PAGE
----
iPad Air vs. older 9.7-inch iPads: Worth the upgrade?
October 24, 2013
With the new iPad Air now available, you might be wondering whether it's worth the upgrade. Or maybe you're eyeing a discounted or used older model, and wondering if that's worth saving a few bucks on. Let Gizmag lend a hand, as we compare the new iPad Air to the 4th-generation iPad, 3rd-generation iPad, and the iPad 2.
Update: This 2013 comparison now has an updated version for 2014, including the latest model.
What do you call your model of iPad? Don't ask Apple, as it keeps changing its mind. At the simplest level, it's always just been "iPad," but the way Apple described each particular model when it launched has changed with every generation.
We've seen numbering with the iPad 2, newness with the 3rd-gen model, and Retina Displayness with the 4th-gen version (to differentiate it from the non-Retina iPad mini that launched beside it). And now it's "Air," to emphasize the new model's lighter build.
When in doubt, just refer to the generation number, as that's how Apple now (retroactively) refers to the older iPads. You'll also hear "iPad 4" and "iPad 3" used casually.
In case you're fuzzy about which model you have – or forgot how long you've been using your iPad – these are the dates that each model released.
Still don't know which generation of full-sized iPad you have? Then you can look for the model number in the tiny print on the bottom of your iPad's backside, and check it against the above visual.
Still for sale?
Somehow 2011's iPad 2 is still on the market, for US$400. The 3rd- and 4th-generation models are now kaput, though retailers are still offloading their iPad 4 stock. You can probably find some nice deals on that year-old model, if you keep your eyes open.
The 3rd- and 4th-generation iPads are the exact same size. The iPad 2 is actually a little thinner than those two, but otherwise is identically proportioned.
The new iPad Air is the biggest physical redesign since the tablet's inception. It's only a hair shorter than its predecessors, but is nine percent narrower. It's also 20 percent thinner than the iPads 3 and 4, and 15 percent thinner than the iPad 2.
This is the iPad Air's killer feature. Apple managed to squeeze the same size 9.7-in screen into a body that's 28 percent lighter than the 3rd- and 4th-gen iPads, and 22 percent lighter than the iPad 2.
Still aluminum all the way, though the appearance and finish of the iPad Air's back now matches that of the iPad mini.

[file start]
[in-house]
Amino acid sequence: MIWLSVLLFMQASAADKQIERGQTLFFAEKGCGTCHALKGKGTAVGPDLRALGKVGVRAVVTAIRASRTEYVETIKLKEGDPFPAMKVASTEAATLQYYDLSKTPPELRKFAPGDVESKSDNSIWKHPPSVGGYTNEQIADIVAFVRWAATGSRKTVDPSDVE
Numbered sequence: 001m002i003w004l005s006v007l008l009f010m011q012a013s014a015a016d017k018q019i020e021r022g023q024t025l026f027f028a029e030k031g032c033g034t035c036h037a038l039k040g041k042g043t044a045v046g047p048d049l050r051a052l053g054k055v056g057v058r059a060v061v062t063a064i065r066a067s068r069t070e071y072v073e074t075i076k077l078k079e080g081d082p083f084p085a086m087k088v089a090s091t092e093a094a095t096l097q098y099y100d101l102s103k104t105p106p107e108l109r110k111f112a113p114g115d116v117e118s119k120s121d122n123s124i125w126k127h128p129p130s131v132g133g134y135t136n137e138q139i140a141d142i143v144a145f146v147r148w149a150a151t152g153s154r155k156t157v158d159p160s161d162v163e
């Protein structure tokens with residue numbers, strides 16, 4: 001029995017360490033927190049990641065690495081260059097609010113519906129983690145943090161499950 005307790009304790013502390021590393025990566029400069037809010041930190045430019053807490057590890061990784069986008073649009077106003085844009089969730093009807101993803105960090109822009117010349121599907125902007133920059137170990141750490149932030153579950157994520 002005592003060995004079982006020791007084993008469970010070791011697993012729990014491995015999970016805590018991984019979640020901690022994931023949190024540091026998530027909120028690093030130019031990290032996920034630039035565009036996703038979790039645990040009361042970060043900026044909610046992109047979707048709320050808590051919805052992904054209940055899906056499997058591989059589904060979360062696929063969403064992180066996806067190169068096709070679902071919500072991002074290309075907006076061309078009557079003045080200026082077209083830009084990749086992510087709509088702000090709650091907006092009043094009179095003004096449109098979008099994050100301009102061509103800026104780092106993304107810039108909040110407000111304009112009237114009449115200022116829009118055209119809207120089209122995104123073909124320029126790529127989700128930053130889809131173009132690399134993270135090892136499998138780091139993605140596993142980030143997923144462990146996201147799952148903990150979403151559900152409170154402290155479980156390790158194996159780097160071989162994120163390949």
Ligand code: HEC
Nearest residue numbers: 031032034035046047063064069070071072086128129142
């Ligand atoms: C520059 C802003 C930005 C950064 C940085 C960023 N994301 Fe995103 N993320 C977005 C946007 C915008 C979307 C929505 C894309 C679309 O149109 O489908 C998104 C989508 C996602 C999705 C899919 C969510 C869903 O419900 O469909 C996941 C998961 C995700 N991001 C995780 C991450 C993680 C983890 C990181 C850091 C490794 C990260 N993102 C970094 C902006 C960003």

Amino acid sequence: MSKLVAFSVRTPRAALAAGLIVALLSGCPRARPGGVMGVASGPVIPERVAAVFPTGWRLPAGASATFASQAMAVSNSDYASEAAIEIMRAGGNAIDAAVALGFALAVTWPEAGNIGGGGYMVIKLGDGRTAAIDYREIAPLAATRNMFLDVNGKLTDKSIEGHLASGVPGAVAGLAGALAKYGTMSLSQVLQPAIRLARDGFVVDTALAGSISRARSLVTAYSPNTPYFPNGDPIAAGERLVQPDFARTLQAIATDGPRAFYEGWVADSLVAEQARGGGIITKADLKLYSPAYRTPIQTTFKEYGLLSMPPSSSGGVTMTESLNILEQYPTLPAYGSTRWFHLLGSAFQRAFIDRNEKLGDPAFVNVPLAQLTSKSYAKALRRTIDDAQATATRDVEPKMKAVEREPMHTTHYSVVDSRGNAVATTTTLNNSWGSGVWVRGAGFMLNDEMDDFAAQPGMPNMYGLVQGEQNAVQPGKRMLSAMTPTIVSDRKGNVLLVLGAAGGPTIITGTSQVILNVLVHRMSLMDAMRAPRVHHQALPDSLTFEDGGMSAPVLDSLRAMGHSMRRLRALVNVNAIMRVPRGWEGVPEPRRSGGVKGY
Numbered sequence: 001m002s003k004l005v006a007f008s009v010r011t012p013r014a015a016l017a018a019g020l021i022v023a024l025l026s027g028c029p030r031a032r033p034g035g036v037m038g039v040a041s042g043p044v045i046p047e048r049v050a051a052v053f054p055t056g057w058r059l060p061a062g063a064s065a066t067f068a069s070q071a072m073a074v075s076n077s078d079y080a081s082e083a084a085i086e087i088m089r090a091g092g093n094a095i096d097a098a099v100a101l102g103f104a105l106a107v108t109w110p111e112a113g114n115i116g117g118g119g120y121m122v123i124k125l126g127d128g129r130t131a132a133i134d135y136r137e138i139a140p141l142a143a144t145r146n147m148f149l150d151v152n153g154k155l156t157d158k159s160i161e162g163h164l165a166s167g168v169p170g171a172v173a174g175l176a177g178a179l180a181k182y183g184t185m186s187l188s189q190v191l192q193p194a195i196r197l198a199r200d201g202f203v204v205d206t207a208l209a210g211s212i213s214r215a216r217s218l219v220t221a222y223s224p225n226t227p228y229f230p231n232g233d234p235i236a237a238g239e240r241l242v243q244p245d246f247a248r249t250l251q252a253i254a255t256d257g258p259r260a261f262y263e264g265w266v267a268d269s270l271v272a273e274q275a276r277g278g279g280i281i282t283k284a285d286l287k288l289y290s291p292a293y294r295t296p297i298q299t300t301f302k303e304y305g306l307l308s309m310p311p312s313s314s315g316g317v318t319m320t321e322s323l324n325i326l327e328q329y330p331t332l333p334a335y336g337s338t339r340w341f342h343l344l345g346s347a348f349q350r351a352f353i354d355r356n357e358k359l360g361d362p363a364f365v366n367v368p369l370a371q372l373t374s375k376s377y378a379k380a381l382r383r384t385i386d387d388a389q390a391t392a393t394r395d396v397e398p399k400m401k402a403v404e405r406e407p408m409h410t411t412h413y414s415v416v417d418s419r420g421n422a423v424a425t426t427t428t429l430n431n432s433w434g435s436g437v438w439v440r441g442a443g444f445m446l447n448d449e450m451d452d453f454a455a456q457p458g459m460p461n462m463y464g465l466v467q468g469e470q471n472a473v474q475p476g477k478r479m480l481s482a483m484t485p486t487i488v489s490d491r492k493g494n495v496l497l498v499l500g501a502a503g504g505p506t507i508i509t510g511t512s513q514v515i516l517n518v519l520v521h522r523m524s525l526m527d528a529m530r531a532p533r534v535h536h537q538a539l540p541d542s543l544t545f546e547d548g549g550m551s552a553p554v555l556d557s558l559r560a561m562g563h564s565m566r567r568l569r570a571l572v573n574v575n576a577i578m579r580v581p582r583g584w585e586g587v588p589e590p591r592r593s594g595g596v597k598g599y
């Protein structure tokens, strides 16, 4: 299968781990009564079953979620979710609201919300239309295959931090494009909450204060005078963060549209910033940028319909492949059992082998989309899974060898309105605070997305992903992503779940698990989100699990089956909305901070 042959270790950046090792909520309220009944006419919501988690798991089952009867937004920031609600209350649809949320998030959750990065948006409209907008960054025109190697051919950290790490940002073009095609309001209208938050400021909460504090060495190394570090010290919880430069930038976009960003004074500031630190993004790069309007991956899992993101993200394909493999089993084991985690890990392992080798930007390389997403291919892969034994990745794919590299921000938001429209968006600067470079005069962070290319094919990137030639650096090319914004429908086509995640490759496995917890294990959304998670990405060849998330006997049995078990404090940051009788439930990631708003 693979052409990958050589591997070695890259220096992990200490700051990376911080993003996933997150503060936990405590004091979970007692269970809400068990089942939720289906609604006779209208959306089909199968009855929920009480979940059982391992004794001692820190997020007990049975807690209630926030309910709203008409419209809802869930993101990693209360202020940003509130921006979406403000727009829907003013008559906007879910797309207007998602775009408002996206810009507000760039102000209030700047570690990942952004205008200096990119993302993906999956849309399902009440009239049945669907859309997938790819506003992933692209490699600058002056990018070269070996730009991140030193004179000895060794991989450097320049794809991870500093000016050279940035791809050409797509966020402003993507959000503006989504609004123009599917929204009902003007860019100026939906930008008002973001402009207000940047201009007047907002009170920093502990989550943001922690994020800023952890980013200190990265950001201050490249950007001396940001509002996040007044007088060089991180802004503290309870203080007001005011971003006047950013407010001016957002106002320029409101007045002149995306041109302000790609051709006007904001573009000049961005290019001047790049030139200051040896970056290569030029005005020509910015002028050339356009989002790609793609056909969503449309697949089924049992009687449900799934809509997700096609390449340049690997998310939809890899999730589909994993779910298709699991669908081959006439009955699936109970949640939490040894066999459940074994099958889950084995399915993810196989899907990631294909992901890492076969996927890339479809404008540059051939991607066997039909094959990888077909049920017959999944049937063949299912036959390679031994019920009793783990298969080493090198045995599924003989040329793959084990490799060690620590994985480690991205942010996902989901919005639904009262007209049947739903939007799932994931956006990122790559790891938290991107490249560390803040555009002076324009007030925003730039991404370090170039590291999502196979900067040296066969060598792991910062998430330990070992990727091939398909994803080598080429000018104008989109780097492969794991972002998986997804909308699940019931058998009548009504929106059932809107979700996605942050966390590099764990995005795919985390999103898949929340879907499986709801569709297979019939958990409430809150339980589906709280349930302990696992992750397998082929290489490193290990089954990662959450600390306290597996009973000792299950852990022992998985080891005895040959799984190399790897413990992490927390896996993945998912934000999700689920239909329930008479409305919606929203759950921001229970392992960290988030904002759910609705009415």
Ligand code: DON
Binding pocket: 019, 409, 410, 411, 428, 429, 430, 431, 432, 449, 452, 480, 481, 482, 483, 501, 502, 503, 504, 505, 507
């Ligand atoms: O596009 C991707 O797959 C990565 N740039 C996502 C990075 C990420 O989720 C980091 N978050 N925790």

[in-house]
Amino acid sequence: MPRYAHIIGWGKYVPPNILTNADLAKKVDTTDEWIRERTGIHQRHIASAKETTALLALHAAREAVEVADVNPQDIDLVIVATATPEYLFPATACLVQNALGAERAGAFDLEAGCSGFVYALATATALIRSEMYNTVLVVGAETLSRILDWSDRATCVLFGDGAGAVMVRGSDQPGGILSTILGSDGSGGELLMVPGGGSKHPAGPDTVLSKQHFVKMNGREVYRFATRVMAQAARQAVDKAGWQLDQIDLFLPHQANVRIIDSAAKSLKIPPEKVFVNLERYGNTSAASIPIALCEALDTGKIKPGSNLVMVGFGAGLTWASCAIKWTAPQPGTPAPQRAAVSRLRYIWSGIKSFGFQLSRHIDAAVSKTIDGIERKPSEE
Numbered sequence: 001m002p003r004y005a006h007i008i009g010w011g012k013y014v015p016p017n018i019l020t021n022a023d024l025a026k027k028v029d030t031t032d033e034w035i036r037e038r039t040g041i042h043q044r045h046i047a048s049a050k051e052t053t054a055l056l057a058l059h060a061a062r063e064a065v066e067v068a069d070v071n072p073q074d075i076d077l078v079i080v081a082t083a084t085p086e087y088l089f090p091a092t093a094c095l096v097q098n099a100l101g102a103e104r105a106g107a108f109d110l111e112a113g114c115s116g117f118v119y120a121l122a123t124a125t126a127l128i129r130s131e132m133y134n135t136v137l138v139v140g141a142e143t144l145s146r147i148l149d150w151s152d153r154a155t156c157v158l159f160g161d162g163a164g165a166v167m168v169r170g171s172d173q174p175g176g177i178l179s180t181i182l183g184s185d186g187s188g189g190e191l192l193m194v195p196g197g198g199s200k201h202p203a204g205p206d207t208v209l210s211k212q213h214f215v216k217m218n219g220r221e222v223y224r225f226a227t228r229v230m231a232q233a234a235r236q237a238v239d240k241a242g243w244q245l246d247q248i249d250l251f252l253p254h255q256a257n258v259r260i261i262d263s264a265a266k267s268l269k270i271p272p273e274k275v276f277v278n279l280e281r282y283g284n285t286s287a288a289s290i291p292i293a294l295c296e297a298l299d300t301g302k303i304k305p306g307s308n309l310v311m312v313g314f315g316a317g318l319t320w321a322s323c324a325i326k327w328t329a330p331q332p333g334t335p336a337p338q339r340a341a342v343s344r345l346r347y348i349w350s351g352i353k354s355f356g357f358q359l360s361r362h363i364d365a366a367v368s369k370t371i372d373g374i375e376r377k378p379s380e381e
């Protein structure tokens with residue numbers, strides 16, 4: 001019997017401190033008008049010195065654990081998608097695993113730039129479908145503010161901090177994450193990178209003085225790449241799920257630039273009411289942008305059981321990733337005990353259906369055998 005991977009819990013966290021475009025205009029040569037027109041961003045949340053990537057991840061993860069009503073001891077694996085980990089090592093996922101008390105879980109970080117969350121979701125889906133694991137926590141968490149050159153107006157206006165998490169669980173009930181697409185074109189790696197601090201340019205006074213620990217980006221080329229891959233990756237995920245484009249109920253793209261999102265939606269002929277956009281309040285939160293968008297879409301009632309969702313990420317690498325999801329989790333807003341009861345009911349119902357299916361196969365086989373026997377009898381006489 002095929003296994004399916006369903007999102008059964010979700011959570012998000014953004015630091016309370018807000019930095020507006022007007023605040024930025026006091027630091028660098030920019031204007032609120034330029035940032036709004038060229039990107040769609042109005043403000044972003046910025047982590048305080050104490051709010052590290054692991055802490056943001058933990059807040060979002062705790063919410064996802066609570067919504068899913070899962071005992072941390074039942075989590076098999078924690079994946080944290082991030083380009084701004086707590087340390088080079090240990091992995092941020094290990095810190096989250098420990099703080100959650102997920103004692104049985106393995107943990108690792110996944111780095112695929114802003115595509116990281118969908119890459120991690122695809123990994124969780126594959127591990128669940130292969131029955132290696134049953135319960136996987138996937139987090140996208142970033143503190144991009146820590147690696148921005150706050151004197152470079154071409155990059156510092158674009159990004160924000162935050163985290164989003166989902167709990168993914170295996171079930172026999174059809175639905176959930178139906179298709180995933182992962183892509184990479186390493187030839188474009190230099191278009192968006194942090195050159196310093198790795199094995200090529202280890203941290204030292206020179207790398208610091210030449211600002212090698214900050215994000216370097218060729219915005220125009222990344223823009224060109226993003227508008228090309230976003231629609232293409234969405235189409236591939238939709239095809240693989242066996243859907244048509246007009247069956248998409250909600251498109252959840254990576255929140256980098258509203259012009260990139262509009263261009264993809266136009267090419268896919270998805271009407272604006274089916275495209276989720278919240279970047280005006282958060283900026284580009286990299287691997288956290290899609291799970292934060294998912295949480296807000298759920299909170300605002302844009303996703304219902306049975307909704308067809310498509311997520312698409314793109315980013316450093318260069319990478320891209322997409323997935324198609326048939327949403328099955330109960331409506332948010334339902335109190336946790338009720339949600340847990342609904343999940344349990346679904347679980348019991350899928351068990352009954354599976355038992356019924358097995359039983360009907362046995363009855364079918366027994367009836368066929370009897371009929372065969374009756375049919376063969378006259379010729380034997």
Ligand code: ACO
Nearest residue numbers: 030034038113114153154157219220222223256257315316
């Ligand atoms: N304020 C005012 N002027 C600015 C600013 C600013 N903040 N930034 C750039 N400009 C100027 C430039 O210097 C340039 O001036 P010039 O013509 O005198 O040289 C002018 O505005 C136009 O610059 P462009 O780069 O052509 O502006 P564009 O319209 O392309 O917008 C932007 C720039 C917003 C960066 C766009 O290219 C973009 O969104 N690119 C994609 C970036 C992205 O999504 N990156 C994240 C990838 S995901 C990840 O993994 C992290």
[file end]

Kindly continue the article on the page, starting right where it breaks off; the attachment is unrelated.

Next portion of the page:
It's still basically black and white with the iPad Air, but since the colors on the back of the new iPad vary as well, "space gray & black" and "silver & white" it is.
Every full-sized iPad has had a 9.7-in screen with a 4:3 aspect ratio, and the iPad Air is no exception. It retains the Retina Display that the last two models had. The iPad 2 was the last pre-Retina model.
These are the storage options that were available during each iPad's initial run. As the budget full-sized iPad, the iPad 2 has only been sold in a 16 GB model since March of 2012.
The 3rd-generation iPad was the first Apple product that supported LTE. The cellular model of the iPad 2 only supports slower 3G data.
The iPad Air also has some improved Wi-Fi capabilities, with multiple antennas, and supposedly delivers up to twice the performance of last year's iPad.
The iPad Air's cameras have the same resolution as the iPad 4's, but Apple did mention some improved sensors in its presentation.
If cores and clock speeds don't mean anything to you, then just know that the iPads above get faster as you move from right to left. Though the iPad 3's A5X has the same processor as the iPad 2's A5; that chip just added quad-core graphics to drive its Retina Display.
Apple included the iPhone 5s' M7 motion coprocessor in the iPad Air. It can log data from your iPad's motion sensors, and compatible fitness apps can use that data without draining your battery. This makes sense on the iPhone, but not so much on an iPad (who works out with an iPad?), so we're suspecting the M7 has more to do with a future iWatch than with fitness apps.
The iPad Air sticks with 1 GB of RAM, which shouldn't be too surprising. Apple tends to boost performance every year without necessarily boosting processor cores, clock speeds, or RAM.
If the above battery Watt hours look like gibberish, then just know that Apple has always advertised the same 10 hours (web use over Wi-Fi) with each model. In our experience, those estimates are pretty sound.
All four of these iPads now run the new iOS 7. Only the original iPad, which we left out of this comparison, got locked out of the iOS 7 action (it's forever stuck on iOS 5).
If you like to use Apple's virtual assistant on your iPad, then everything but the iPad 2 delivers. There's no technical reason why Siri can't run on an iPad 2 (jailbreakers can vouch for that), so it looks like Apple left it out just to make upgrading that much more enticing. Those rascals.
Starting with the 4th-generation iPad, Apple dropped the old 30-pin connector, and replaced it with the smaller Lightning port. So if you're upgrading from the iPad 3 or 2, and you have charging docks or other accessories, you'll need a $30 adapter for your newer iPad.
Wrap-upIt doesn't necessarily look like in paper, but we think the iPad Air is a big step forward from its predecessors. It's so much lighter than the older models that its comfort in hand alone could potentially make it worth the upgrade.
Of course there's also the iPad mini. A new model with a Retina Display will be launching sometime in November. If you're happy with its smaller screen, you could potentially save $100 and get it instead of the iPad Air.